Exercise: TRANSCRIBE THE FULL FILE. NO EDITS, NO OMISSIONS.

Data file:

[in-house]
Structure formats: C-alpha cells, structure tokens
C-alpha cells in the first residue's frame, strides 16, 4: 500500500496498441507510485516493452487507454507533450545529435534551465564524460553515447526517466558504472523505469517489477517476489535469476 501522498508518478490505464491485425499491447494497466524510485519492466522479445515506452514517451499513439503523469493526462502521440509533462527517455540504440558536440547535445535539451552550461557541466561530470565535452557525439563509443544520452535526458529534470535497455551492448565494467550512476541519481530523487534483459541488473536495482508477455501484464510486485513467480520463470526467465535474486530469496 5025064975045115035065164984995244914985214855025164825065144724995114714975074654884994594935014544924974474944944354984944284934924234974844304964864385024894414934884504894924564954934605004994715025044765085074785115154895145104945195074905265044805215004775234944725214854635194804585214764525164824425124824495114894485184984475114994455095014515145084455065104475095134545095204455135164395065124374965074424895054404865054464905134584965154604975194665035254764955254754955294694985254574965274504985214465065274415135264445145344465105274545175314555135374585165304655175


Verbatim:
[in-house]
Structure formats: C-alpha cells, structure tokens
C-alpha cells in the first residue's frame, strides 16, 4: 500500500496498441507510485516493452487507454507533450545529435534551465564524460553515447526517466558504472523505469517489477517476489535469476 501522498508518478490505464491485425499491447494497466524510485519492466522479445515506452514517451499513439503523469493526462502521440509533462527517455540504440558536440547535445535539451552550461557541466561530470565535452557525439563509443544520452535526458529534470535497455551492448565494467550512476541519481530523487534483459541488473536495482508477455501484464510486485513467480520463470526467465535474486530469496 5025064975045115035065164984995244914985214855025164825065144724995114714975074654884994594935014544924974474944944354984944284934924234974844304964864385024894414934884504894924564954934605004994715025044765085074785115154895145104945195074905265044805215004775234944725214854635194804585214764525164824425124824495114894485184984475114994455095014515145084455065104475095134545095204455135164395065124374965074424895054404865054464905134584965154604975194665035254764955254754955294694985254574965274504985214465065274415135264445145344465105274545175314555135374585165304655175